Facial fluctuating asymmetry is not associated with childhood ill-health in a large British cohort study

Nicholas Pound, David W Lawson, Arshed M Toma, Stephen Richmond, Alexei I Zhurov, Ian S Penton-Voak

Research output: Contribution to journalArticle (Academic Journal)peer-review

60 Citations (Scopus)
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The idea that symmetry in facial traits is associated with attractiveness because it reliably indicates good physiological health, particularly to potential sexual partners, has generated an extensive literature on the evolution of human mate choice. However, large-scale tests of this hypothesis using direct or longitudinal assessments of physiological health are lacking. Here, we investigate relationships between facial fluctuating asymmetry (FA) and detailed individual health histories in a sample (n = 4732) derived from a large longitudinal study (Avon Longitudinal Study of Parents and Children) in South West England. Facial FA was assessed using geometric morphometric analysis of facial landmark configurations derived from three-dimensional facial scans taken at 15 years of age. Facial FA was not associated with longitudinal measures of childhood health. However, there was a very small negative association between facial FA and IQ that remained significant after correcting for a positive allometric relationship between FA and face size. Overall, this study does not support the idea that facial symmetry acts as a reliable cue to physiological health. Consequently, if preferences for facial symmetry do represent an evolved adaptation, then they probably function not to provide marginal fitness benefits by choosing between relatively healthy individuals on the basis of small differences in FA, but rather evolved to motivate avoidance of markers of substantial developmental disturbance and significant pathology.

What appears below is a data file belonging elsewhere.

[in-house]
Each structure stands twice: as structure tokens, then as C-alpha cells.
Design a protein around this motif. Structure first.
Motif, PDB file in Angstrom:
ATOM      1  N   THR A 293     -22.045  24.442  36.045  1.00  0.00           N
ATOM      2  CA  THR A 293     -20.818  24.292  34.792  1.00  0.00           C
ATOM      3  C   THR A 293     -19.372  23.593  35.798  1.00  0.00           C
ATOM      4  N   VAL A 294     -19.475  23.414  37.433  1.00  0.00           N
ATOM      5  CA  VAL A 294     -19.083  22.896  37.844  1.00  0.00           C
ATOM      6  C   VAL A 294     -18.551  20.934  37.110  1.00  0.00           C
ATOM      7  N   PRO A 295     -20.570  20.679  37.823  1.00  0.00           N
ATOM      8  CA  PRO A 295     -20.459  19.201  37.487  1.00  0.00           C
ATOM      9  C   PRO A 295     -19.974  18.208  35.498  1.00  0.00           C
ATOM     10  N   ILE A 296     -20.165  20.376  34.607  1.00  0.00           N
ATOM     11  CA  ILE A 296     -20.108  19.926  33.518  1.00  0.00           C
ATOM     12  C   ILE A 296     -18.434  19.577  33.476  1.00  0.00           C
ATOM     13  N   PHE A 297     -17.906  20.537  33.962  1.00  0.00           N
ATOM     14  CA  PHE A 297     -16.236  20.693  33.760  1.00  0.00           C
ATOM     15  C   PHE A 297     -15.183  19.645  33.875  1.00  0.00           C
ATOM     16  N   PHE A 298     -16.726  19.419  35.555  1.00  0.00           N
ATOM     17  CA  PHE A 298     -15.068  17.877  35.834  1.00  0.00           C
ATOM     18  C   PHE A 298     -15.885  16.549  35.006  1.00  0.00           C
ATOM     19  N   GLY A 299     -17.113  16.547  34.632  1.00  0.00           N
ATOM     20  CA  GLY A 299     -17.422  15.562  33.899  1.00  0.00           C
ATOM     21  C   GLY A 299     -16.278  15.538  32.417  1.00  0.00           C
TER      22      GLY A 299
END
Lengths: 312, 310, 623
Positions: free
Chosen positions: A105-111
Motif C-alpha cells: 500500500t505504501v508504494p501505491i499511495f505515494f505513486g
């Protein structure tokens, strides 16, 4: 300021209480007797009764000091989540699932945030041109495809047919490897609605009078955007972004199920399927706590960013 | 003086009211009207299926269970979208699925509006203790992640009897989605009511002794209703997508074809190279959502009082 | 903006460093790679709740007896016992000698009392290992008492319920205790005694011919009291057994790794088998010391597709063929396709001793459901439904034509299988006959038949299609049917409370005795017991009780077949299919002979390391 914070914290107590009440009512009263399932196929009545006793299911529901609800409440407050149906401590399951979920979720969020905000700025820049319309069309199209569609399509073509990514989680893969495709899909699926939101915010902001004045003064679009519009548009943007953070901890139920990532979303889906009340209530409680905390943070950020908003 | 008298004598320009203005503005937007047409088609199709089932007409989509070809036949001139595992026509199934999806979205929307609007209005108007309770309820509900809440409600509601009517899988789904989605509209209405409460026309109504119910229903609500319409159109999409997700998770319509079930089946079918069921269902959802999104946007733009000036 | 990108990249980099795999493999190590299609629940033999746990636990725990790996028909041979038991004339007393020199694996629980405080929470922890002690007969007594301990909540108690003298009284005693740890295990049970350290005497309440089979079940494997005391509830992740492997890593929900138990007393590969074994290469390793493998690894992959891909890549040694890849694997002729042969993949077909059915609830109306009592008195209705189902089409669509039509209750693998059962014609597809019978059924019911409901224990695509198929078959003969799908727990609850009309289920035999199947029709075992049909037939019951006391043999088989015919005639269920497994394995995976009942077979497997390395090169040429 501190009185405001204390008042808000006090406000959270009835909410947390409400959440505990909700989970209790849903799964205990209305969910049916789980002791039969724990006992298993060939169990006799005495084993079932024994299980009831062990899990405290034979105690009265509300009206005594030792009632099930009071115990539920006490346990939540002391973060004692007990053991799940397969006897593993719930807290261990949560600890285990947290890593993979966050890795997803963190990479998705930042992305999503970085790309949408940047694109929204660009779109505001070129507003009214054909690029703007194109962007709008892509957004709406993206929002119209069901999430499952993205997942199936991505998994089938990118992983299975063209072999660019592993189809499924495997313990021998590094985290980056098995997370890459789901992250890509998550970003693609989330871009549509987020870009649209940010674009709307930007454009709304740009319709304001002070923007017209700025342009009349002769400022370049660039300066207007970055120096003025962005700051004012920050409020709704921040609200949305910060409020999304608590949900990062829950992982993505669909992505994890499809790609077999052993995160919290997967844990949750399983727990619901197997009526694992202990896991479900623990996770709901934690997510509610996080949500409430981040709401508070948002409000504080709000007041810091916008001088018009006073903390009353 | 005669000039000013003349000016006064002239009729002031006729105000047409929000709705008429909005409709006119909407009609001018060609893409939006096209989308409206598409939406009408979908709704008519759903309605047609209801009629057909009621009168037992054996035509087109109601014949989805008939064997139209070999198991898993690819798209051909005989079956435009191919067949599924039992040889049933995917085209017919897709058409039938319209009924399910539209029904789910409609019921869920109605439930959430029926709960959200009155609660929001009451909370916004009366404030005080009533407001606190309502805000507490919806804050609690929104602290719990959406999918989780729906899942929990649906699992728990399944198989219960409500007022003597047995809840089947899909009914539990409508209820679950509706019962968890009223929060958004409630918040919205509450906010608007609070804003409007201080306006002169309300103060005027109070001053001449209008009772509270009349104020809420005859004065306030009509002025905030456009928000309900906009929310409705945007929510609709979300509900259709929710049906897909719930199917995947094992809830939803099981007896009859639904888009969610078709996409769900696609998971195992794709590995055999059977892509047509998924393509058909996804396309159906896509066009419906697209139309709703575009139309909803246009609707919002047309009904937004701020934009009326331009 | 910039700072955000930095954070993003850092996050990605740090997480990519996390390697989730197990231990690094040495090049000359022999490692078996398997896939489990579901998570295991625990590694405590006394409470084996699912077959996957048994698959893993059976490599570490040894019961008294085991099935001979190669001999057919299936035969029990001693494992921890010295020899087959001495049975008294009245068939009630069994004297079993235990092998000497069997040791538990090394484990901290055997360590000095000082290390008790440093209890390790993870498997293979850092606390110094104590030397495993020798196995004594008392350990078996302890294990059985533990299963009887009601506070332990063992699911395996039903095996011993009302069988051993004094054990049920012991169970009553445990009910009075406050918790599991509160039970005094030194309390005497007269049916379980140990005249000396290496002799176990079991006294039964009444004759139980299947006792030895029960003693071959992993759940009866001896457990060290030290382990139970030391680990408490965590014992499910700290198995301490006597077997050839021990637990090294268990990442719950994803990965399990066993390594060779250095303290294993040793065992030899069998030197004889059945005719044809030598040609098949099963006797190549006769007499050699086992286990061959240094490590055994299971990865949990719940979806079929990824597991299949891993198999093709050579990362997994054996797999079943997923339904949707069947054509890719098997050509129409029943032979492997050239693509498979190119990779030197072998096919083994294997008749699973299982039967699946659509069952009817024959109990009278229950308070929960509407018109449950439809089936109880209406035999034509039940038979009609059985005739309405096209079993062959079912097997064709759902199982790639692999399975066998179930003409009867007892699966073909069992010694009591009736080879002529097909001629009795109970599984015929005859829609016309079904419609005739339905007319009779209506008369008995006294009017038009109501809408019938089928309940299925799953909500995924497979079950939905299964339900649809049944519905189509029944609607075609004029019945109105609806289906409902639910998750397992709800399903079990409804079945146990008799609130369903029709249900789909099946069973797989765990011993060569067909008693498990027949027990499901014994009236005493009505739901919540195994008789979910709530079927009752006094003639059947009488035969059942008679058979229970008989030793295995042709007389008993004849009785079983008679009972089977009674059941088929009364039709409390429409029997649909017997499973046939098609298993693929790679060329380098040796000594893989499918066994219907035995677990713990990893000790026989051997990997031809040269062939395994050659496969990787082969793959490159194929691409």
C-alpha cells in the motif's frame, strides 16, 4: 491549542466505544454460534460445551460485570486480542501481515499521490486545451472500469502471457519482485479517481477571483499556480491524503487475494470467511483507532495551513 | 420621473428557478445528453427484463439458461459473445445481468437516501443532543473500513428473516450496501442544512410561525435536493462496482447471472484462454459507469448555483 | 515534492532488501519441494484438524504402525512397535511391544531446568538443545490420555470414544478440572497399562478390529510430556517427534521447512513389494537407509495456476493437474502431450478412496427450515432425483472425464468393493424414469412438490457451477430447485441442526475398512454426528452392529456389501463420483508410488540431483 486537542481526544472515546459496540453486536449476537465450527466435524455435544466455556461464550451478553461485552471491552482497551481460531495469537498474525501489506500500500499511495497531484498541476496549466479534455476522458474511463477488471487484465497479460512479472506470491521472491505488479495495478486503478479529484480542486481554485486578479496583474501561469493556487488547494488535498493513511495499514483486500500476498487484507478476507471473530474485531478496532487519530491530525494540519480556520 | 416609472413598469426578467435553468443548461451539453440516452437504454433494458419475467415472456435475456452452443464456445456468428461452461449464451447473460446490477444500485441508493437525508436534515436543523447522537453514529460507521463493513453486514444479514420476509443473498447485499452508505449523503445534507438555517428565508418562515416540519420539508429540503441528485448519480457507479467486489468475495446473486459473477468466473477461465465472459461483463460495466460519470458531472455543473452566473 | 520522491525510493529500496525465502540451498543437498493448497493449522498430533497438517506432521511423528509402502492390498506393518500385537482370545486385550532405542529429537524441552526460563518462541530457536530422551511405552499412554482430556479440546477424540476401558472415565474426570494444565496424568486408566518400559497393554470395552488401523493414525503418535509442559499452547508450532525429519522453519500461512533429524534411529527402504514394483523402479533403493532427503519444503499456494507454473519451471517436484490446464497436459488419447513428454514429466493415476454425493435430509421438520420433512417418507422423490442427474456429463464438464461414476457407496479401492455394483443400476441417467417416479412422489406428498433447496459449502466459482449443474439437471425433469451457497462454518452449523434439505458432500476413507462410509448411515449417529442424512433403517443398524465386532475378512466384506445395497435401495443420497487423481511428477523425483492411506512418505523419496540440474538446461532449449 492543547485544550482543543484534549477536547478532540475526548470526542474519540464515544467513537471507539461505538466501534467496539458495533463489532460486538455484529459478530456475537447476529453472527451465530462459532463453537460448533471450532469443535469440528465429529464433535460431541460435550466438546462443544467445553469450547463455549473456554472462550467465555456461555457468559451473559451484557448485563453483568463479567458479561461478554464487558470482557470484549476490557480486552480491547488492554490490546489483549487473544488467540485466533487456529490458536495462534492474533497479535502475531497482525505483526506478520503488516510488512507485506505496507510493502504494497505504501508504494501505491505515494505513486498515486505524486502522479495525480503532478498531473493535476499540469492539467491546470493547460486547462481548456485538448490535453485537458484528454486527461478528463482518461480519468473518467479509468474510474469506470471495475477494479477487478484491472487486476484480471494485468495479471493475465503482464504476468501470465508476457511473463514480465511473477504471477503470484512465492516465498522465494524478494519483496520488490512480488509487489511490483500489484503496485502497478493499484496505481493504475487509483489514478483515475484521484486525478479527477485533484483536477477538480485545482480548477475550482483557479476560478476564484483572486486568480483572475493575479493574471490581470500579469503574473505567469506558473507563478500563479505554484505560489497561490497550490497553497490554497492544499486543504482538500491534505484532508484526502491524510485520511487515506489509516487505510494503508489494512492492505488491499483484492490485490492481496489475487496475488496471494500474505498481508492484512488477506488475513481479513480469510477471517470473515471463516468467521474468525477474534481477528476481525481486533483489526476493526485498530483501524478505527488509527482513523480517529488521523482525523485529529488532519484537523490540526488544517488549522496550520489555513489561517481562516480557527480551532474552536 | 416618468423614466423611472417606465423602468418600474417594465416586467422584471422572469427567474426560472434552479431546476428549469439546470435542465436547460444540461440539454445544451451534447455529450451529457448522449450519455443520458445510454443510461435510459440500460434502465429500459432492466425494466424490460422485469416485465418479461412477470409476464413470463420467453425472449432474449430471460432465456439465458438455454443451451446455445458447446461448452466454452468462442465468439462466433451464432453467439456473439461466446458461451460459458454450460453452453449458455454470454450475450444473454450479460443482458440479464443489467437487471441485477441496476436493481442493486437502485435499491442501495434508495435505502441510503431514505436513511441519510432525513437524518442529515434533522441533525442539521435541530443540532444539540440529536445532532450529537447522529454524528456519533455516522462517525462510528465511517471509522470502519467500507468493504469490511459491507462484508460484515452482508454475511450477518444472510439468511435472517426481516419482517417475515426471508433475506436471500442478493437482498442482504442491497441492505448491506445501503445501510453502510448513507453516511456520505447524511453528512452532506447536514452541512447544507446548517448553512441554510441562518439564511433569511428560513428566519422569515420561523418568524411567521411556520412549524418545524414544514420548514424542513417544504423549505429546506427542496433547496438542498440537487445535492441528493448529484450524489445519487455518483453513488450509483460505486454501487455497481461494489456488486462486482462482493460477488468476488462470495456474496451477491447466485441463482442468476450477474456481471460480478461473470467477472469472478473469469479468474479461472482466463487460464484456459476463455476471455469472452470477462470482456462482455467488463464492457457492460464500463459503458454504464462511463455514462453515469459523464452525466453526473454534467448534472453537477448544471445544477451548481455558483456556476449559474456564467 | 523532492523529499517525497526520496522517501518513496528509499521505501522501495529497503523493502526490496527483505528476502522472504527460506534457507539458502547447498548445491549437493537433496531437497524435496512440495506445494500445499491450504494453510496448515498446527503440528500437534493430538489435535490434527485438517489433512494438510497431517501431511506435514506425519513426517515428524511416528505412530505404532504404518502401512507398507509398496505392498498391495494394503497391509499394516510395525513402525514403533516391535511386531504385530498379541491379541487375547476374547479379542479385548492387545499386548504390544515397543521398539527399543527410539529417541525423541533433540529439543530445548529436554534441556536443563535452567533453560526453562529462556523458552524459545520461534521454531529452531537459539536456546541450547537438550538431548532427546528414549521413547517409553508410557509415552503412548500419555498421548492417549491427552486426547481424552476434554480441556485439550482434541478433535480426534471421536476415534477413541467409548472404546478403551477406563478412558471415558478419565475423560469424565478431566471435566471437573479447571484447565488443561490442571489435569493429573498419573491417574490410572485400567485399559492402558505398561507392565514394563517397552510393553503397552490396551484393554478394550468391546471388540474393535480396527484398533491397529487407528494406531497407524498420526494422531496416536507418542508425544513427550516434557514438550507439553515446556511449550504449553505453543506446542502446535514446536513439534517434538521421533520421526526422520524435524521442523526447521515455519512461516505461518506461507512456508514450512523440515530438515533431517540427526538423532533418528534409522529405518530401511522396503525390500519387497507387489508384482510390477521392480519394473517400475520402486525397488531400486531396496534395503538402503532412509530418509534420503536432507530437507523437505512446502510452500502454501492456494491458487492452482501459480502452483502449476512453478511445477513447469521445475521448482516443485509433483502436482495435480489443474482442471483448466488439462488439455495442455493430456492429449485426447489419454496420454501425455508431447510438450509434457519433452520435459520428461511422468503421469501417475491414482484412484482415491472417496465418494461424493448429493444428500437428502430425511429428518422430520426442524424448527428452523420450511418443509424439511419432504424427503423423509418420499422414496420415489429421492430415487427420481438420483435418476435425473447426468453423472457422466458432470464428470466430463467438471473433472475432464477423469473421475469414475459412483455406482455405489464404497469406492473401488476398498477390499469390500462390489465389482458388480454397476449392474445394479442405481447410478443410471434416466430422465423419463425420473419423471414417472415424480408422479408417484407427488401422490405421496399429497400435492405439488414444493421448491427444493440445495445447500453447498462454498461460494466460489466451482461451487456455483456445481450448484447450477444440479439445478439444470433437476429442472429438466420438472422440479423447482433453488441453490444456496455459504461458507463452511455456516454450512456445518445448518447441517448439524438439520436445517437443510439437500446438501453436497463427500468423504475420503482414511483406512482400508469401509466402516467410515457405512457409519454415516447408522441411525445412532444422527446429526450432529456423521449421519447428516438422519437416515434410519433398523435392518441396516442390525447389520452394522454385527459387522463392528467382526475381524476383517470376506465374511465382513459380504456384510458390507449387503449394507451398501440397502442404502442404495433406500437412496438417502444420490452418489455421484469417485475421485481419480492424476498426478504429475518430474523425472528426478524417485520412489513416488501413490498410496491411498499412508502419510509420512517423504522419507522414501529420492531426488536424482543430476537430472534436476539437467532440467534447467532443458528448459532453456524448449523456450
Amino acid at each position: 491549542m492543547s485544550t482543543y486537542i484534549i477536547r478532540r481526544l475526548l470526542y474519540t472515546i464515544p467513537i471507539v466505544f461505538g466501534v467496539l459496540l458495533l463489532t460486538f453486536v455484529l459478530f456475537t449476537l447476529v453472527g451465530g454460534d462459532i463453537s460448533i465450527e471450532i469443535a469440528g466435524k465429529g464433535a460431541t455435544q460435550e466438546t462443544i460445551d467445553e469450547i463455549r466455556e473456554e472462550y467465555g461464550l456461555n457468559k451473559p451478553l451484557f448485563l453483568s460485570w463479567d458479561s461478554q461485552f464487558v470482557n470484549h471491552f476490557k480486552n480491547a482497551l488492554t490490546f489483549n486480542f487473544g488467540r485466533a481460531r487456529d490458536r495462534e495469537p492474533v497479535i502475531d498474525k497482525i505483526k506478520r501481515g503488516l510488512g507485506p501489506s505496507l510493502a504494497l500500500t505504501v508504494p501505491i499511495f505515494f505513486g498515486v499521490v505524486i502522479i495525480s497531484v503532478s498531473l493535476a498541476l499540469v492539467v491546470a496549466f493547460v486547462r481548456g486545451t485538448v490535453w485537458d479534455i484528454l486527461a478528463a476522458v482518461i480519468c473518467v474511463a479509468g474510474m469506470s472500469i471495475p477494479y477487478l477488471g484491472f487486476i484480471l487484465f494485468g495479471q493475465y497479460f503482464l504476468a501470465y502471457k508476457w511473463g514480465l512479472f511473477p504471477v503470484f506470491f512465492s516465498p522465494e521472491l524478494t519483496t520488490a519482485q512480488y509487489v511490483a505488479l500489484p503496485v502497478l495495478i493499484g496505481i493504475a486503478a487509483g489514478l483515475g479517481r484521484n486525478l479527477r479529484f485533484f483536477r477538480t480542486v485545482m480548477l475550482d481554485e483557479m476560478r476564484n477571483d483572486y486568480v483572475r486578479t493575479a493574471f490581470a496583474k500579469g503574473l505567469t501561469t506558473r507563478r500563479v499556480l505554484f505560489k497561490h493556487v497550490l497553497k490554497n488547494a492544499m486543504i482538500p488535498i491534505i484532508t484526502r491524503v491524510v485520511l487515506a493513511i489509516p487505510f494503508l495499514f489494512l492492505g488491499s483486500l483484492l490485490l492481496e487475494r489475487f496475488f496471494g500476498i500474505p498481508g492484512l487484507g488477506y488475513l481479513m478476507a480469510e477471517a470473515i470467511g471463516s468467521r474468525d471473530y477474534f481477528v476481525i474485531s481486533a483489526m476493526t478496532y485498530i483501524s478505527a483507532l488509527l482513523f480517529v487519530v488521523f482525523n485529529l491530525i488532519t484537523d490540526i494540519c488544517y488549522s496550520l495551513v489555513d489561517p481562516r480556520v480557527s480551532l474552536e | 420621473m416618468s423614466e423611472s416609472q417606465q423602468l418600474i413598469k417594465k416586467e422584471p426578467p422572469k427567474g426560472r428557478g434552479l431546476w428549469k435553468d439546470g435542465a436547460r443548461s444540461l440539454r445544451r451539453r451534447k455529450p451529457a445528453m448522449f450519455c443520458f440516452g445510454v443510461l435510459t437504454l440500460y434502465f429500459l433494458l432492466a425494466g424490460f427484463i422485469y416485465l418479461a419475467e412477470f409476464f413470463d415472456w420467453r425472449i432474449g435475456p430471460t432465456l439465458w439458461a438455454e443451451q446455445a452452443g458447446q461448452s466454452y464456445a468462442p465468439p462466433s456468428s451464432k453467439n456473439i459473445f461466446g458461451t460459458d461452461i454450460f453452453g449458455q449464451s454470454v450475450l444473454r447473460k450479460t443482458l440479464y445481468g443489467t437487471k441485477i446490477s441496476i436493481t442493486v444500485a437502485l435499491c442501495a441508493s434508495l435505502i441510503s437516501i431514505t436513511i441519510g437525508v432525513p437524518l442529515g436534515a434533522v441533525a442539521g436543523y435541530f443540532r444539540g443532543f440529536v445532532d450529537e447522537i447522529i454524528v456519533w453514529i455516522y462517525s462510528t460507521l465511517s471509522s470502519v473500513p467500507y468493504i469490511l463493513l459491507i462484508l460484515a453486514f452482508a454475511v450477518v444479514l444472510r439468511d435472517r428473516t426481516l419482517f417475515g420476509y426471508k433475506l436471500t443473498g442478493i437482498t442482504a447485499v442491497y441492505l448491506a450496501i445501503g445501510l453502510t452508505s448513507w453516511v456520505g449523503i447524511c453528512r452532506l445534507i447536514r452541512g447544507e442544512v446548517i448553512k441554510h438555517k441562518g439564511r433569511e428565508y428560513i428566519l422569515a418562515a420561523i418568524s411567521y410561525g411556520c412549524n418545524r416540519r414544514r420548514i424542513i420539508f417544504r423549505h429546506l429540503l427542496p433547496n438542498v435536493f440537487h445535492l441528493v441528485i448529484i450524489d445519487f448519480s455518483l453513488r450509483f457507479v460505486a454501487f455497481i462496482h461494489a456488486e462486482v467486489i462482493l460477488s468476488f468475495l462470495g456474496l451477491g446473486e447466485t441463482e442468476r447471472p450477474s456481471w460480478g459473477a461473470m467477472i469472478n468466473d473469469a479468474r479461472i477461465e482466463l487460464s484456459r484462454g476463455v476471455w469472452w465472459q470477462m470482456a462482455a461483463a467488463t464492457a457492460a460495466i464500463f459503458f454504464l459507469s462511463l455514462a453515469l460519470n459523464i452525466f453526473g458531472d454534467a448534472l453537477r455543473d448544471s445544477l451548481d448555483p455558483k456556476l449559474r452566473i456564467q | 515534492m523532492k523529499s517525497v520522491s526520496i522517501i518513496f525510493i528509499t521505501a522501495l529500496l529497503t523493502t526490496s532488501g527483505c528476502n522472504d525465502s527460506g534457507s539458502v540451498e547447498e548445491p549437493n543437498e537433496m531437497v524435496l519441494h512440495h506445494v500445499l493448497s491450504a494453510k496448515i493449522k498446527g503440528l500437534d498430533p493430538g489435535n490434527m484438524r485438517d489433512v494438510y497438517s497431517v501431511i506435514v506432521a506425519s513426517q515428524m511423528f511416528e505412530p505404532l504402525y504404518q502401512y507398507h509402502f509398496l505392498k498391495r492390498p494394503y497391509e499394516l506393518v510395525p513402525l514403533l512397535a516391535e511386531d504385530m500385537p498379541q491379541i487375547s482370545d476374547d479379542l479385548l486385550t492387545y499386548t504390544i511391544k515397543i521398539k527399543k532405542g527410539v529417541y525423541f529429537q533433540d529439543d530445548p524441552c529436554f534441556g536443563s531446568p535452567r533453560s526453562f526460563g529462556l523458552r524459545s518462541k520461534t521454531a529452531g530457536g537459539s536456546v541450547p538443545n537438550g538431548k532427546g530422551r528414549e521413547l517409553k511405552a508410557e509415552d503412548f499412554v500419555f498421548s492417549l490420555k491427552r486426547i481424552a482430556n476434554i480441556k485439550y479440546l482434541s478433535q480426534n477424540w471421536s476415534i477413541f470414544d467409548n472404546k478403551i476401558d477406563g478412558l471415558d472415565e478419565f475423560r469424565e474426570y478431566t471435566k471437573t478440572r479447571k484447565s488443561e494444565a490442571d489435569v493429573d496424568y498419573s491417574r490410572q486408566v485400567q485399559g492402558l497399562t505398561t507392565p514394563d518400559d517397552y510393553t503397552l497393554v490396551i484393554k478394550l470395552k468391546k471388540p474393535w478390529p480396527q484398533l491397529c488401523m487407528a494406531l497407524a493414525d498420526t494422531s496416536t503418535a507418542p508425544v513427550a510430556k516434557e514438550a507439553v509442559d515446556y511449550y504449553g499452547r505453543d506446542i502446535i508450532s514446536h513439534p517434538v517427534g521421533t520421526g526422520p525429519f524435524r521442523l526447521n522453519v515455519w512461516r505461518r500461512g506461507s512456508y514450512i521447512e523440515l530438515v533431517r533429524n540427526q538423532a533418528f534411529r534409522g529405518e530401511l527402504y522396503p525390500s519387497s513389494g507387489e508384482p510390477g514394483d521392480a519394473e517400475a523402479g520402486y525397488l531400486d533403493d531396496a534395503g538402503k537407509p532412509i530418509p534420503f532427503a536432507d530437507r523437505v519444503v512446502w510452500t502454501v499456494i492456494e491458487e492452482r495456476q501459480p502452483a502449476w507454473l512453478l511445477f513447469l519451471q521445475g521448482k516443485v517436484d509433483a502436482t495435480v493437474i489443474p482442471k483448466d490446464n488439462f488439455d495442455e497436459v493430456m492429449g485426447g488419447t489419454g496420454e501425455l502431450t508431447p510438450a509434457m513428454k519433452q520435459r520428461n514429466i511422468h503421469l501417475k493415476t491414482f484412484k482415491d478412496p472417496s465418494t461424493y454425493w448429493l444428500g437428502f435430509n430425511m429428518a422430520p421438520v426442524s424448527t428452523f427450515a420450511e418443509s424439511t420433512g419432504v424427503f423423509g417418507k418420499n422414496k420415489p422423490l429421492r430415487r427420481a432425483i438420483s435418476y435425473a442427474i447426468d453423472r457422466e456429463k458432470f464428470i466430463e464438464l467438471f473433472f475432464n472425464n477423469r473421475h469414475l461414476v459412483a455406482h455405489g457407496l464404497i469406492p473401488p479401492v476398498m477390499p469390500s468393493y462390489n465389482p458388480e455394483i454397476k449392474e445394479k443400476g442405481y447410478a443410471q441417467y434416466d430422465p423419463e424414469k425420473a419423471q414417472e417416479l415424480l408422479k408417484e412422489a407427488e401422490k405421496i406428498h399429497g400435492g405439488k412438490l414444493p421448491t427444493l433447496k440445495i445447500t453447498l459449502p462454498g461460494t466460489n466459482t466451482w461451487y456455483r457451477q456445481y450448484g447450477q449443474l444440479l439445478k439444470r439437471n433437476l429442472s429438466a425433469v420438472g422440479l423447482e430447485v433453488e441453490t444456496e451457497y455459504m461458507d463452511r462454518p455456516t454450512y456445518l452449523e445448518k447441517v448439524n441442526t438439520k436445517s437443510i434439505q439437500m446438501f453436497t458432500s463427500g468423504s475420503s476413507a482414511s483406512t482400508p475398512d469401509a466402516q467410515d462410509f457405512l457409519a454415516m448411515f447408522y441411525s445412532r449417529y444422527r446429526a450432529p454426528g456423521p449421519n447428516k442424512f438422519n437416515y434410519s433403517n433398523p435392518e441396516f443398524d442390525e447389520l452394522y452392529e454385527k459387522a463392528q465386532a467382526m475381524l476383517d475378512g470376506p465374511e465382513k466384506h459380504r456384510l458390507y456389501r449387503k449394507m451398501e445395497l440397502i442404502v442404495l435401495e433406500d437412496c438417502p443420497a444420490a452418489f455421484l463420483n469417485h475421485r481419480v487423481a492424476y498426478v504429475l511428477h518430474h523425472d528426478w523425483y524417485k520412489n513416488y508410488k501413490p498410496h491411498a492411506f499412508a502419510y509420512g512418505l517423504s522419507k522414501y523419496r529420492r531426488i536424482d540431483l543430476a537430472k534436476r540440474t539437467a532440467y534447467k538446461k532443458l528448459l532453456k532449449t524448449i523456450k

Original languageEnglish
Article number20141639
Number of pages7
JournalProceedings of the Royal Society B: Biological Sciences
Issue number1792
Early online date13 Aug 2014
Publication statusPublished - 7 Oct 2014

Structured keywords

  • Cognitive Science
  • Social Cognition


  • Adolescent
  • Child
  • Child, Preschool
  • Cohort Studies
  • England
  • Facial Asymmetry
  • Female
  • Health
  • Human Development
  • Humans
  • Intelligence
  • Longitudinal Studies
  • Male
  • Morbidity


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